Appearing at Vitafoods Europe, Hughes, who gave an overview of the sports nutrition market, commented on the advent of PN’s benefits in an industry where meeting individual athlete requirements is a necessity to eke out crucial performance gains.
Hughes’ thoughts come as a recent paper comments on the role of behavioural data such as diet, physical activity and sleep could have in PN – a concept increasingly being applied to sports nutrition.
“Irrespective of how strenuous their exercise routines are, there is a high level of appeal towards products that are customised to specific need states, even amongst everyday consumers who can sometimes feel that health and wellness products are too generic,” Hughes explained.
“This means that there is a significant opportunity to engage in personalisation strategies within the sports nutrition market where consumers submit health information for customised products.
“For active nutrition consumers, affordability of such products is something that is likely to be more of an issue compared to performance nutrition consumers.”
The position paper, Foodvalley NL, a non-profit organisation based in Wageningen in The Netherlands, highlights the need to reduce the consumer cost burden especially for products with increased personalisation.
Its authors also predict a point where the evidence of PN’s benefits would lead companies to find ways to reduce costs via reimbursable programmes via employers, government health programmes or insurers that open up new avenues of adoption.
“Industry players from various value chain points, from tech and diagnostic companies, food producers and retailers and other professions like health insurance and healthcare, should be involved to foster a connected ecosystem,” the paper comments.
“The concept of ‘food as medicine’ will grow in momentum, provided local governments play a supportive role to create the space for developing such solutions.”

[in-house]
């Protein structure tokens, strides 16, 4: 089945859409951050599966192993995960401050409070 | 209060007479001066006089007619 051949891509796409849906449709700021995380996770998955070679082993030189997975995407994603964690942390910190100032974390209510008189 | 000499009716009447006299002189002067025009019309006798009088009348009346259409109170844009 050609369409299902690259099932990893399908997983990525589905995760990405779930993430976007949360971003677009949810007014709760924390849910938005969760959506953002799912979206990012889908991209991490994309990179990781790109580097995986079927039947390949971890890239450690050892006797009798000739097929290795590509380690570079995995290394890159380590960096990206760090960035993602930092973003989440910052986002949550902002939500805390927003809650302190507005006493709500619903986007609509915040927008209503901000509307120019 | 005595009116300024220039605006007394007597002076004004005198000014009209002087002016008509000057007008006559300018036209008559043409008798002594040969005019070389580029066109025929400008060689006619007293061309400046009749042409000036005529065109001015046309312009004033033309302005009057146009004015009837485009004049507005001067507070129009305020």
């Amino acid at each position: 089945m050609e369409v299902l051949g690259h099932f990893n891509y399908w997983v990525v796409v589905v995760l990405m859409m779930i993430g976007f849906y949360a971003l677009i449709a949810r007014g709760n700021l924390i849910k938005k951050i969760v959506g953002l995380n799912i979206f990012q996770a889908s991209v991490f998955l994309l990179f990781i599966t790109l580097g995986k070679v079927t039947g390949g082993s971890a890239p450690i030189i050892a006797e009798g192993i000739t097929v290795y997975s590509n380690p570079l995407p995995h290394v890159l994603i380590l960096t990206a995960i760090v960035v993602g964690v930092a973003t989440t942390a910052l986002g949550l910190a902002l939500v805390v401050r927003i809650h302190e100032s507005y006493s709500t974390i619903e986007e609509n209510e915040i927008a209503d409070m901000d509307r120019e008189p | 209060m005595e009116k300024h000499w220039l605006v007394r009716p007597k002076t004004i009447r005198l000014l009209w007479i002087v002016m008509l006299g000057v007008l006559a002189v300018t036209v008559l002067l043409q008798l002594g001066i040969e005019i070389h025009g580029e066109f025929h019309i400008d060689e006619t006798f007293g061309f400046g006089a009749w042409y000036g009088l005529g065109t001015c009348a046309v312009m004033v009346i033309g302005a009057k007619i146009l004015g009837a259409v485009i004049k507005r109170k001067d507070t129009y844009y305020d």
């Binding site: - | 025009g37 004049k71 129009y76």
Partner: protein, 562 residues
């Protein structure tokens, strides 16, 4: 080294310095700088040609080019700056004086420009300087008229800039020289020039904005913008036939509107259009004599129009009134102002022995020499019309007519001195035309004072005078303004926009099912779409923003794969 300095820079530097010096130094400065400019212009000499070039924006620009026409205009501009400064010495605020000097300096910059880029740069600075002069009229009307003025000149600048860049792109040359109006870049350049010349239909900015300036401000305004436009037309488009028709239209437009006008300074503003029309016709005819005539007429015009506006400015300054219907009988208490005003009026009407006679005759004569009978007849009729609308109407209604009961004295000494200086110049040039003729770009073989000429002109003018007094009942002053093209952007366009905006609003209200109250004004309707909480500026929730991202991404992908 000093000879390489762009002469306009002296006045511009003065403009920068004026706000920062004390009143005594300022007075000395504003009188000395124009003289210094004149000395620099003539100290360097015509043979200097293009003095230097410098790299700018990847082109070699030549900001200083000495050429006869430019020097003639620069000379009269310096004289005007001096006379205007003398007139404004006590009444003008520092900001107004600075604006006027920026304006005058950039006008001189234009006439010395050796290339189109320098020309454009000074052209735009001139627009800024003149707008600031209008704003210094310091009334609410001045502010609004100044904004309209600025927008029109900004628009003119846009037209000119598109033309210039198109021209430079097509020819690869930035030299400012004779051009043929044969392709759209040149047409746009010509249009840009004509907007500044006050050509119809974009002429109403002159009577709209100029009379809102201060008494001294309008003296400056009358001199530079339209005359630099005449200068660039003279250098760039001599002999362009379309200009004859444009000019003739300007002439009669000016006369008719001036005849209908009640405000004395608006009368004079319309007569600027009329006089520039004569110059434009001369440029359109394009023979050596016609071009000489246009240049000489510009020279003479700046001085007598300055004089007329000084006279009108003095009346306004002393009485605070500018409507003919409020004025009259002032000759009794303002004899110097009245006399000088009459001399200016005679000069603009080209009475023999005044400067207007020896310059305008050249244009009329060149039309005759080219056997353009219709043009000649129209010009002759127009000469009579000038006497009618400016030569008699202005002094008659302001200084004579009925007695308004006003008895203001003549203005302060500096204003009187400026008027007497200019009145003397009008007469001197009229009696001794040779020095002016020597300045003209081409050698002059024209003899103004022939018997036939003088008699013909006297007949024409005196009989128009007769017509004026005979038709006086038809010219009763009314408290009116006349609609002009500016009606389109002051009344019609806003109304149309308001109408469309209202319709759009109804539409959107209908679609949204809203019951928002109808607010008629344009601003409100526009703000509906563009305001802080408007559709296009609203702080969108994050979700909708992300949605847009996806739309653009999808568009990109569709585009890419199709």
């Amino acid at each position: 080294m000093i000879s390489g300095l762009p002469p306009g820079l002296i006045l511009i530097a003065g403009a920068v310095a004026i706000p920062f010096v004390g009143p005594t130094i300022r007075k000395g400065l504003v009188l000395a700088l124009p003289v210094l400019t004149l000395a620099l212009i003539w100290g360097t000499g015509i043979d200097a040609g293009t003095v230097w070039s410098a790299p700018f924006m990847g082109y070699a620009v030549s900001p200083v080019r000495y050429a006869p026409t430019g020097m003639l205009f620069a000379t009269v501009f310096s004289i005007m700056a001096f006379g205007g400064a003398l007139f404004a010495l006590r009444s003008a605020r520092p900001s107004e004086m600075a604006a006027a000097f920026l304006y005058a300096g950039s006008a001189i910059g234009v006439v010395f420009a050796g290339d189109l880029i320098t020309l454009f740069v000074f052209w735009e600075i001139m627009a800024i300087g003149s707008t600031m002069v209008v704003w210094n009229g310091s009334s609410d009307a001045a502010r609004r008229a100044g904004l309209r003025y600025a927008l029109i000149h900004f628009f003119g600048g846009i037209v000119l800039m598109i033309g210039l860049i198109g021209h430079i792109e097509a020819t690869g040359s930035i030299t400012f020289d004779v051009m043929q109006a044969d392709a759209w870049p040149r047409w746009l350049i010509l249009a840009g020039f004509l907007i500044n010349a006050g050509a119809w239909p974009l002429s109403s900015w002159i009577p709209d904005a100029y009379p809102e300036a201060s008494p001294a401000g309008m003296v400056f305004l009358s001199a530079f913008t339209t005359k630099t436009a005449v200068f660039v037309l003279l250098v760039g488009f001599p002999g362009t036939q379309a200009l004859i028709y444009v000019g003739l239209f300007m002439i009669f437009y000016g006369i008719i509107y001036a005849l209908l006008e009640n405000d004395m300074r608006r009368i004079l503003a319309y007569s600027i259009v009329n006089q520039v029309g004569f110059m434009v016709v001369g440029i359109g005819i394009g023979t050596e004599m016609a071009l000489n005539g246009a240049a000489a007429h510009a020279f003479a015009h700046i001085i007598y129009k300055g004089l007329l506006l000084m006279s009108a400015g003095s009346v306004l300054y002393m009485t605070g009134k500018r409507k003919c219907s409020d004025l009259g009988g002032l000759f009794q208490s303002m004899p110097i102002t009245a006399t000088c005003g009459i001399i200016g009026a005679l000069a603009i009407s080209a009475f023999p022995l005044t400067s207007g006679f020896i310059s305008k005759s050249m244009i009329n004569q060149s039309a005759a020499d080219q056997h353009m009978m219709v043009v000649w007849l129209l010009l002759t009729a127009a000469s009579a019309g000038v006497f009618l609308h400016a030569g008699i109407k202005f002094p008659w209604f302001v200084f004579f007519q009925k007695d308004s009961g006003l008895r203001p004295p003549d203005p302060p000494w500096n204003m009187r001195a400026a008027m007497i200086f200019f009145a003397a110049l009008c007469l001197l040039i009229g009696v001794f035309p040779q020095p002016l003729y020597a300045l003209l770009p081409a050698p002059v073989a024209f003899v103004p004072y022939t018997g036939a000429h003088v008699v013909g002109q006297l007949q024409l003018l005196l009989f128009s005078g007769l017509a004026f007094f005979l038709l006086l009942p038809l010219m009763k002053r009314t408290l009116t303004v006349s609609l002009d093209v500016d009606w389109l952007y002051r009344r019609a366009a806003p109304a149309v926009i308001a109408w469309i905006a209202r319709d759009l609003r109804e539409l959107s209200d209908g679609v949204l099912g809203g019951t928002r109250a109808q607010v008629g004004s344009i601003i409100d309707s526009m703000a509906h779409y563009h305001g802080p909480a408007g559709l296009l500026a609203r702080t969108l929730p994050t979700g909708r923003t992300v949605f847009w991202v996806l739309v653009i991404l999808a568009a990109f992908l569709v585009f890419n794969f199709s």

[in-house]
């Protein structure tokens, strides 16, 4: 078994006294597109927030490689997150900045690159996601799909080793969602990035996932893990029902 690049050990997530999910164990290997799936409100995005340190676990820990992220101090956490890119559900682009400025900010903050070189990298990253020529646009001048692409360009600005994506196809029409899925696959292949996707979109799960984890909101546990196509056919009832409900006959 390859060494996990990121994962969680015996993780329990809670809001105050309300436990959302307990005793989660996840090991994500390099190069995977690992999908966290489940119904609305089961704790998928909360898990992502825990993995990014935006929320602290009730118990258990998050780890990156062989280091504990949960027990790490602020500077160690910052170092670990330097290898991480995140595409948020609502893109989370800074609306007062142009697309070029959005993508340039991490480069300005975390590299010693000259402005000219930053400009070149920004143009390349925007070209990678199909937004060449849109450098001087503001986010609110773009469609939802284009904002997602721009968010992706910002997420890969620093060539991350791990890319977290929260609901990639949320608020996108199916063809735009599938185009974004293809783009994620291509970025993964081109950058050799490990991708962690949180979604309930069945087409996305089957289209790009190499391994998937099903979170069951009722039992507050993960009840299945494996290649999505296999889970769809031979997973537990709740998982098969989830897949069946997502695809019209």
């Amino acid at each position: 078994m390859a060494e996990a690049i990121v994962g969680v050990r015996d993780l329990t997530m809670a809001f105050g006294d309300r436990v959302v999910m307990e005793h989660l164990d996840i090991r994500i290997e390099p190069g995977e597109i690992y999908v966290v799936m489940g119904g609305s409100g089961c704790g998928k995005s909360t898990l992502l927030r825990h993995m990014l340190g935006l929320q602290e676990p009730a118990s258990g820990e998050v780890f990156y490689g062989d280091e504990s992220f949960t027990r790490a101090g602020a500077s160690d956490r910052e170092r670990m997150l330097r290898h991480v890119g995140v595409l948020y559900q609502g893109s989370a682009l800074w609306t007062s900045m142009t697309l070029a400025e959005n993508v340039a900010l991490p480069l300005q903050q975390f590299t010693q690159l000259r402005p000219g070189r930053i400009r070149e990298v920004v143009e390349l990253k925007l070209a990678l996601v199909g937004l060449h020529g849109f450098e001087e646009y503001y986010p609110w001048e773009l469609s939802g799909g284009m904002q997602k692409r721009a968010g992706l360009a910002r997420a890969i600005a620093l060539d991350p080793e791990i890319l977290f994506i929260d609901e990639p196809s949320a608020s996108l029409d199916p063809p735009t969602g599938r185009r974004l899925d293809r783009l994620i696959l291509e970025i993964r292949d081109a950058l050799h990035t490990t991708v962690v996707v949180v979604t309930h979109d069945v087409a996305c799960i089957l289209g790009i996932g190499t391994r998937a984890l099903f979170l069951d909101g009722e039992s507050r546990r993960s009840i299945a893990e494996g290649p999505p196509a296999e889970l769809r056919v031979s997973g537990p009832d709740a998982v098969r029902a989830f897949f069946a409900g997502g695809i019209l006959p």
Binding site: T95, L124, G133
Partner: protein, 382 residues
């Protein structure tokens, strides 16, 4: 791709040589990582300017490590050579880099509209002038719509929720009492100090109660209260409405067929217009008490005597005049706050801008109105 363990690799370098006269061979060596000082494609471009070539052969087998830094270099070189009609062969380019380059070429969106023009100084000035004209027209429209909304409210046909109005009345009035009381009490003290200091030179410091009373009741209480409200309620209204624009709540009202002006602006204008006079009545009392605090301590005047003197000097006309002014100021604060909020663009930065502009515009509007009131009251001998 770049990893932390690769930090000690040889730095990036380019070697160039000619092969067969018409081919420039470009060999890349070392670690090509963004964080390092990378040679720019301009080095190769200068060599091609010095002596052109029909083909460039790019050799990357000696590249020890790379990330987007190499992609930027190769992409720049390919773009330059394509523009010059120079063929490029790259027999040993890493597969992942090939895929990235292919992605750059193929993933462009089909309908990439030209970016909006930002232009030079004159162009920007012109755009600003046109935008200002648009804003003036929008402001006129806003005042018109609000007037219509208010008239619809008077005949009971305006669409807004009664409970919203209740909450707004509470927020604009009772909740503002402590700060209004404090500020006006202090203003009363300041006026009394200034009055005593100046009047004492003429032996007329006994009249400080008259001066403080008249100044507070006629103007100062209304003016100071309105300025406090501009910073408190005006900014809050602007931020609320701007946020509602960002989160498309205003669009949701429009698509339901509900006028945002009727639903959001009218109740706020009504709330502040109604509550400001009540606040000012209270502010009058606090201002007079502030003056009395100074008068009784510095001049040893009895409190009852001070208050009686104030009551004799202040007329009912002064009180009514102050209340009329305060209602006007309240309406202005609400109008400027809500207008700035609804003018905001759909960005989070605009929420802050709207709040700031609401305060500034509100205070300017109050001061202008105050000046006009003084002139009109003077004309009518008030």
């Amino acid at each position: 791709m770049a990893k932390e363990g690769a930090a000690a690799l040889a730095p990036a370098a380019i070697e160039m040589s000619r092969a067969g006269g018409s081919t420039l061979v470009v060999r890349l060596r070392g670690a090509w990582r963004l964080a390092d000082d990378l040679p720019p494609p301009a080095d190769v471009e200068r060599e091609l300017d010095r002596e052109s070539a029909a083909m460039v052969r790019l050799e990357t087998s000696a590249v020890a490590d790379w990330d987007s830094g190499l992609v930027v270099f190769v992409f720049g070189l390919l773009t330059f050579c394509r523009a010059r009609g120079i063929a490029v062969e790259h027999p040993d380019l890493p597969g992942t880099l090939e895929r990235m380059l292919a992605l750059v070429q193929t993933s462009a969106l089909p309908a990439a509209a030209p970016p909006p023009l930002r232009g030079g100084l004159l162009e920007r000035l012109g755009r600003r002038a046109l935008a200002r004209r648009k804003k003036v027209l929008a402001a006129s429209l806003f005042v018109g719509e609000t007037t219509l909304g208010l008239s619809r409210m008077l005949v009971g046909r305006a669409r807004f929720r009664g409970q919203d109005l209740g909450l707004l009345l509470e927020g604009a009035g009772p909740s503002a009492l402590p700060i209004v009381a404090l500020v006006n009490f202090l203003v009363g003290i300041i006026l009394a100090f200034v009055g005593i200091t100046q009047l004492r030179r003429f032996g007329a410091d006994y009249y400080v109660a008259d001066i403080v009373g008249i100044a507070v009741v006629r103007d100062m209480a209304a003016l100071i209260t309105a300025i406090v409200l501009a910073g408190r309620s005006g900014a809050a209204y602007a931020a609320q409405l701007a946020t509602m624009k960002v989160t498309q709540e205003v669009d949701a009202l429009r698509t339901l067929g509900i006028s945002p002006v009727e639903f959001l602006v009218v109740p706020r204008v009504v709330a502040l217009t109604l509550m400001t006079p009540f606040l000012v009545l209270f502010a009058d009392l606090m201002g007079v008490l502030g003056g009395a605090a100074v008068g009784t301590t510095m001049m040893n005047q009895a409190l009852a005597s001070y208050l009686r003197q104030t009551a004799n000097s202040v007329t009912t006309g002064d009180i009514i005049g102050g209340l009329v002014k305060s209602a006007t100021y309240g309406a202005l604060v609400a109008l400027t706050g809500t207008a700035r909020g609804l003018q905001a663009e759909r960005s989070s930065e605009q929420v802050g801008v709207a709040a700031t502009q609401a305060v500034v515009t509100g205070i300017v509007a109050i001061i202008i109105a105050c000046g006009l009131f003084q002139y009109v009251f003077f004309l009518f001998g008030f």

Sports and COVID
Along with PN, sports nutrition has also benefited from increased interest in health and wellbeing post COVID-19, where consumers have also focused on immune health and at its core, the role of the microbiome.
Whilst initially there was concern about the price of products and people exercising less, Hughes pointed out that this had been offset by consumers taking a more proactive approach to their health.
“Consumers are looking to maximise their intake of functional ingredients, such as protein and vitamins,” he said.
“This has resulted in an acceleration of the trend where consumers have looked to switch everyday food and drink products with those positioned around maximizing nutritional intake – such as sports nutrition snacks.
“Moreover, as consumers continue to demonstrate a commitment to maximising wellbeing, they will also be looking to engage in more physical activity, something which will also positively impact the sports nutrition market.”
According to Hughes, the rise in sports nutrition could be due to the segmentation of the consumer and the way manufacturers have met with each of the groups’ demands.
“It’s important to remember how fragmented the market is compared to five-to-ten years earlier,” Hughes said highlighting the two key consumer groups in the market - performance nutrition consumers and active nutrition consumers.
“Performance nutrition consumers go to the gym practically every day, and engage in intense workouts, participating in endurance events and looking to optimise their body,” he said.
“These consumers will be more likely to go to specialist stores, especially as they will not seek out generic offerings.
“In comparison, active nutrition are everyday people who are taking a proactive approach to health,” he continued.
“They are just as likely to purchase sports nutrition products as an everyday snack or a convenient health boost, as they are to engage in physical activity.
“As a result of this, these consumers are especially likely to find products in supermarkets and impulse channels (i.e. convenience stores) appealing.”